Teach reading early and don't use just one method. Hands on, playing with blocks, making art, read-alouds, phonics, computer games, tracing letters in sand, rewarding with M&Ms... if it's even remotely fun and somehow related to reading, do it! Immerse that kid in words. We used every "learn to read" program our library had on the shelves. Also on the plus side, his diction is *much* better than it should be, considering that he couldn't hear well for much of his early years.

    The main reason my son doesn't have a diagnosis of dyslexia is because he reads well above grade level. But he reverses letters, writes upside down and mirror, swaps his words around when he's speaking, confuses concepts such as "bigger" and "smaller", "above" and "beneath" and so on. And struggles with gross motor skills such as running and jumping. Basically he's got all the traits of dyslexia except difficulty with reading.

    Miquon was a great math program for our son. It's tactile and hands-on and teaches math in a very visual, concrete kind of way.

    Good luck! I think your son is lucky to have you and your husband for parents. :)
     
  10. Lindina

    Lindina Active Member

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    When I was on the multidisciplinary team in public school, we got in-serviced on dyslexia a lot, and they told us that any program for children with dyslexia should be phonic-based, focused, sequential, multisensory, and a bunch of other stuff. When I found the Christian Light Education curriculum, their Learning to Read program seemed to meet all those qualifications, which are supposed to "treat" dyslexia, and to "prevent" dyslexia that's not really brain-centered but is rather the product of faulty teaching methods (like the old look-guess method, and so on). There's ear-training, eye-training, hand-training, and lip-training (I guess you'd call it) with hear it, see it, write it, say it, in all their various combinations.
     
  11. MegCanada

    MegCanada New Member

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    Lip training? I remember sitting with my son showing him how to make the "m" sound by pressing his lips together, and the "n" sound by putting his tongue behind his teeth. He couldn't hear the difference when I said it, but he could feel the difference.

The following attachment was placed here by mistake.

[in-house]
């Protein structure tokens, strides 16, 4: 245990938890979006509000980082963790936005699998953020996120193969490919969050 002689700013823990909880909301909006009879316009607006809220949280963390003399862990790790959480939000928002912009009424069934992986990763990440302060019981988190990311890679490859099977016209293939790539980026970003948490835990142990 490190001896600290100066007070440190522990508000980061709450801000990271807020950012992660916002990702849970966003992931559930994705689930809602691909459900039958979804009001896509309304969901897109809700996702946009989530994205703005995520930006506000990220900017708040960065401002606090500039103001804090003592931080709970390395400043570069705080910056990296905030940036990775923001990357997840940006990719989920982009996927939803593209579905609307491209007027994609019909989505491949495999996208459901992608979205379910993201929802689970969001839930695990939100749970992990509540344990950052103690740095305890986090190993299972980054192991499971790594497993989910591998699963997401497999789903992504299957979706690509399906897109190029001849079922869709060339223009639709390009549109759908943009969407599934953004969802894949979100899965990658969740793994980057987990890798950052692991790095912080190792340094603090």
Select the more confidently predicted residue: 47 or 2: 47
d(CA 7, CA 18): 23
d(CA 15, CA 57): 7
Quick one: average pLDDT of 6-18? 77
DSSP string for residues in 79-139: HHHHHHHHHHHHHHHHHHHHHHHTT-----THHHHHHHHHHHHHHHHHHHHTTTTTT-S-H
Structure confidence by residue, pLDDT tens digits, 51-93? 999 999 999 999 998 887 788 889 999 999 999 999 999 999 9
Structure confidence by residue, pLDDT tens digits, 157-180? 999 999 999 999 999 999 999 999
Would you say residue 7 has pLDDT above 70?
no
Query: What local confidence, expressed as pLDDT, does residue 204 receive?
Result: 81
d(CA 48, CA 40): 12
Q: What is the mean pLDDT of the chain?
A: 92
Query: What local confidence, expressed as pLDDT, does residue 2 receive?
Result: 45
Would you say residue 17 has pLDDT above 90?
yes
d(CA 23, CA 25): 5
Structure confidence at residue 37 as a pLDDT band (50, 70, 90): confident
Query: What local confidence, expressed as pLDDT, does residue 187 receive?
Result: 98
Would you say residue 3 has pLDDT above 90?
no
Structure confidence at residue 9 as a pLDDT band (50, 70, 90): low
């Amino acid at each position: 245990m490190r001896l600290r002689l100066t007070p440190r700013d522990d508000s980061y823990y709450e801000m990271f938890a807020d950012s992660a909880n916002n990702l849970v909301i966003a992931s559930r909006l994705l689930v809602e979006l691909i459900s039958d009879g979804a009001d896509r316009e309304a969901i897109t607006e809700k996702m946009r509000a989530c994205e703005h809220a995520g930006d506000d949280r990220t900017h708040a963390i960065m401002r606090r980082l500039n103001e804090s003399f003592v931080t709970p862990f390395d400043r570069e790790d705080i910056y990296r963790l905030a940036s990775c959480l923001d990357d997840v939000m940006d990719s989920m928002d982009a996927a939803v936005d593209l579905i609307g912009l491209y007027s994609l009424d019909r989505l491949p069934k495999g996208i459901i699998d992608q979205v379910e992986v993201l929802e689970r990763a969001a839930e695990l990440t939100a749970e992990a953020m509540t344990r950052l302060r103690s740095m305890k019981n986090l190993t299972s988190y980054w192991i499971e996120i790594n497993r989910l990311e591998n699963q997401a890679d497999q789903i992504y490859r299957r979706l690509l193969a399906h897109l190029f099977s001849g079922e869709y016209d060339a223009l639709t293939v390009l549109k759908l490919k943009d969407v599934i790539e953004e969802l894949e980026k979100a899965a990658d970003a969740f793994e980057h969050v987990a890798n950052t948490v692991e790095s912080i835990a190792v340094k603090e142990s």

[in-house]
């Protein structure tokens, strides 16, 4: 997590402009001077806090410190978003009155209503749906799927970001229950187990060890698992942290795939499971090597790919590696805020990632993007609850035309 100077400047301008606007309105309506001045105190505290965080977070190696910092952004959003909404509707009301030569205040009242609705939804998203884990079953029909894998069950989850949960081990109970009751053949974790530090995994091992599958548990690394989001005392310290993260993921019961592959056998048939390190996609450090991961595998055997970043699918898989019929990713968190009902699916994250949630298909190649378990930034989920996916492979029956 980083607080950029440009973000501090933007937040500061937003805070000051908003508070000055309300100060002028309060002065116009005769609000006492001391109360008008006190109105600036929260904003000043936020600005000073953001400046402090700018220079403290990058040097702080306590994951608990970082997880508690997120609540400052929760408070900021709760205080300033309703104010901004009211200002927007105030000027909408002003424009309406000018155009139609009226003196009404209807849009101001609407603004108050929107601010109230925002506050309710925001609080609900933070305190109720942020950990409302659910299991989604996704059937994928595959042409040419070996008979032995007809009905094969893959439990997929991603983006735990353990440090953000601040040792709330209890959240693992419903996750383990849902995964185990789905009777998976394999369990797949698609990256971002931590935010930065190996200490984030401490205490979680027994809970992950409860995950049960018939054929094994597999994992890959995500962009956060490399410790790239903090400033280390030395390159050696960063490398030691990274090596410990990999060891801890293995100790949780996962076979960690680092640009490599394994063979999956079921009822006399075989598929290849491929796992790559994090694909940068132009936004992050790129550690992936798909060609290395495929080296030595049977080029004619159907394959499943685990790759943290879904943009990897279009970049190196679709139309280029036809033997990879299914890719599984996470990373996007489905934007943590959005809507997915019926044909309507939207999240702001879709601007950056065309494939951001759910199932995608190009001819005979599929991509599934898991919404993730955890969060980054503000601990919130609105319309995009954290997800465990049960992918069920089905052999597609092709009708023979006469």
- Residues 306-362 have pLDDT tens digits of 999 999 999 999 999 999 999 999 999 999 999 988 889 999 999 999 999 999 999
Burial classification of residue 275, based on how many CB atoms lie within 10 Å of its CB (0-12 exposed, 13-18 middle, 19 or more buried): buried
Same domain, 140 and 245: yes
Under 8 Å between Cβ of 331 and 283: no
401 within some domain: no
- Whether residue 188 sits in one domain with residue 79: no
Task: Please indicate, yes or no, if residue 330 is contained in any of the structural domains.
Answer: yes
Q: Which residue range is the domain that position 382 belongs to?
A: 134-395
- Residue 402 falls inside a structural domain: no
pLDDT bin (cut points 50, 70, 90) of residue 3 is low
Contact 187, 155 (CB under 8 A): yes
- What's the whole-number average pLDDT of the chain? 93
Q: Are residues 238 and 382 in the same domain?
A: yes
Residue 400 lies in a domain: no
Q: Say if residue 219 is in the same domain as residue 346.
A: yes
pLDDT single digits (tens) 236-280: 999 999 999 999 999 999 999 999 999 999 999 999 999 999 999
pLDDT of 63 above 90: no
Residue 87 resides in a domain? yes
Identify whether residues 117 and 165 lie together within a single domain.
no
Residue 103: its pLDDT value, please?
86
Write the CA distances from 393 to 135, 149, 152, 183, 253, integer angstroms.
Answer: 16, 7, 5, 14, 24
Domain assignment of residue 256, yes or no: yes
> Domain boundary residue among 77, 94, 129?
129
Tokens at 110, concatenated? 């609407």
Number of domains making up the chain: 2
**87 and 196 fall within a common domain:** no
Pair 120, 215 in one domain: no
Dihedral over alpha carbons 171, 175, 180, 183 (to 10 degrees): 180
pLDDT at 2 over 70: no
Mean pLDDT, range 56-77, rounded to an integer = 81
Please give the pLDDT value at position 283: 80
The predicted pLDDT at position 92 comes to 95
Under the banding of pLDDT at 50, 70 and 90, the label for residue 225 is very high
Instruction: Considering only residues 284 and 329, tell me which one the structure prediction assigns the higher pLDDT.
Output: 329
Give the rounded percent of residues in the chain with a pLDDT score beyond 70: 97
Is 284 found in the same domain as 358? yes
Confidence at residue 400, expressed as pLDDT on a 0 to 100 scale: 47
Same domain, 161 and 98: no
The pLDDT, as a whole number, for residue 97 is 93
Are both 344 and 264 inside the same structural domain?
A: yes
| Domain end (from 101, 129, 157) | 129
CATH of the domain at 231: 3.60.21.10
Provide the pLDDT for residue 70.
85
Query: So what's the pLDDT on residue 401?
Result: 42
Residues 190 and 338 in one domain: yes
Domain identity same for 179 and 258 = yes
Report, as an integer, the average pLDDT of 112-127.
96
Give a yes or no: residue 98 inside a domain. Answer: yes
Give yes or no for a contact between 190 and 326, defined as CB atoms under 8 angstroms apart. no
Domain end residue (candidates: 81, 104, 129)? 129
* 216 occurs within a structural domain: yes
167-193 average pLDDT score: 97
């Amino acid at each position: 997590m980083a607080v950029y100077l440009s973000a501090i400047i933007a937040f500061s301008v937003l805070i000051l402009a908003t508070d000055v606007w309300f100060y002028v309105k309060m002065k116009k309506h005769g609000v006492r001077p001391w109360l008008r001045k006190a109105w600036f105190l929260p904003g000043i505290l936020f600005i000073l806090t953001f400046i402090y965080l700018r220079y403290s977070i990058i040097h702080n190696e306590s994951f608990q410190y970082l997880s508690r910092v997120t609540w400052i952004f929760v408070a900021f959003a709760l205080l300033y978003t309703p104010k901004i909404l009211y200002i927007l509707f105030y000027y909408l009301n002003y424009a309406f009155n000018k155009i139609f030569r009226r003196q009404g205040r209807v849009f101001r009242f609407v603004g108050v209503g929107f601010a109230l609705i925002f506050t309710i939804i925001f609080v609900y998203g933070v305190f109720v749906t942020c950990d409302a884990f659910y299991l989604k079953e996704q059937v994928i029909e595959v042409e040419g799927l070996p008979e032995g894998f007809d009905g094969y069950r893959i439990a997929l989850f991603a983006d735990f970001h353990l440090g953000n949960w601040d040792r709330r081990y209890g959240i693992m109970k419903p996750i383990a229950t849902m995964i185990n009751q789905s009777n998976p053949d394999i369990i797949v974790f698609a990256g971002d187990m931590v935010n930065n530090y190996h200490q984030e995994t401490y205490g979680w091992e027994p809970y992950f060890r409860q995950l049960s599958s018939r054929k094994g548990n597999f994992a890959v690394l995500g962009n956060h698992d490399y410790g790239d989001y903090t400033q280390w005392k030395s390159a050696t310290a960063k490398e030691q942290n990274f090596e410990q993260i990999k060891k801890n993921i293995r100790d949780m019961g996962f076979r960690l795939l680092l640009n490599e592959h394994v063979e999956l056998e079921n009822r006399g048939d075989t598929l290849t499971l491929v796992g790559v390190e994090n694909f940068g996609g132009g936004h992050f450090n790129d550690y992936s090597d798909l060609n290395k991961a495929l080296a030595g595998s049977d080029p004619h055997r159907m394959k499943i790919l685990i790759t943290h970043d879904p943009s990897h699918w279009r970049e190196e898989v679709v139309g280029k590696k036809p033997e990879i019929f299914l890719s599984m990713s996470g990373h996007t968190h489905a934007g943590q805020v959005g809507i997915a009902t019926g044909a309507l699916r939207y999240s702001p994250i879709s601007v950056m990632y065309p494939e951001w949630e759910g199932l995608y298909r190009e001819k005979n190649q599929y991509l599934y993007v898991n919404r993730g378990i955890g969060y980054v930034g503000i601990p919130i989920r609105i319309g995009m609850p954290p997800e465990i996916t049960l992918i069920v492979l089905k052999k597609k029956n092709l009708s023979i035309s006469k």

Is that what lip training is? I found it really helped, and we did it with all the phonics we learned.
     
  12. ochumgache

    ochumgache Active Member

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    Perhaps you've already read this, but The Gift of Dyslexia by Ronald D. Davis is a good book to start with. I think there is a curriculum based on the ideas in the book, but I thought it was crazy expensive! However, since you are starting with a five year old, you can draw some good ideas from the book and implement them into whatever curriculum you use.

    Also, I think Explode the Code is dyslexia-friendly. A friend who is a special ed teacher recommended Teach Your Child to Read in 100 Easy Lesson.
     
  13. Robin5kids

    Robin5kids New Member

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    Ok I have dyslexia and so does everyone on my side. I am telling you from my experience teaching now my 4th child that the key is NOT to panic and get the most expensive program out there. Last year I did Teach your child to read in 100 EZ lessons. He was in K, but he has a January B-day so he was an older K. It was a HUGE struggle. We finished almost all the lessons, but then warm weather hit and I just made him read here and there. He was NOT getting it, so I let him play and learn on his own till Sept.

    Then at 6 and a half, 1st grade, I tested him and he did not know but a few letter sounds and he could not name any of the letters. So I started with the basic phonics again. I used Explode the code 1, Bob Books and some other cheap readers I found in a store. I used flash cards for the letters and we did them EVERY day. I had him take 3 letter cards a day and draw a picture of something that started with that letter.

    My son got it! He was finally ready to retain it. Here it is April and he has gone from not knowing ANY letter sounds to reading on a second grade level. NO KIDDING! He now reads Magic School House books with me listening and helping with a few words. He turned 7 in Jan and was reading!

    So I just want to say that dyslexics need phonics, consistency and more time. Don't look at those other kids reading at age 5 or 6. Keep plugging away and know that when your child is ready they will "get it".

    BTW if you test some of those early readers on their phonic skills, they would test low. My kids all test very high because they have to rely on them every day.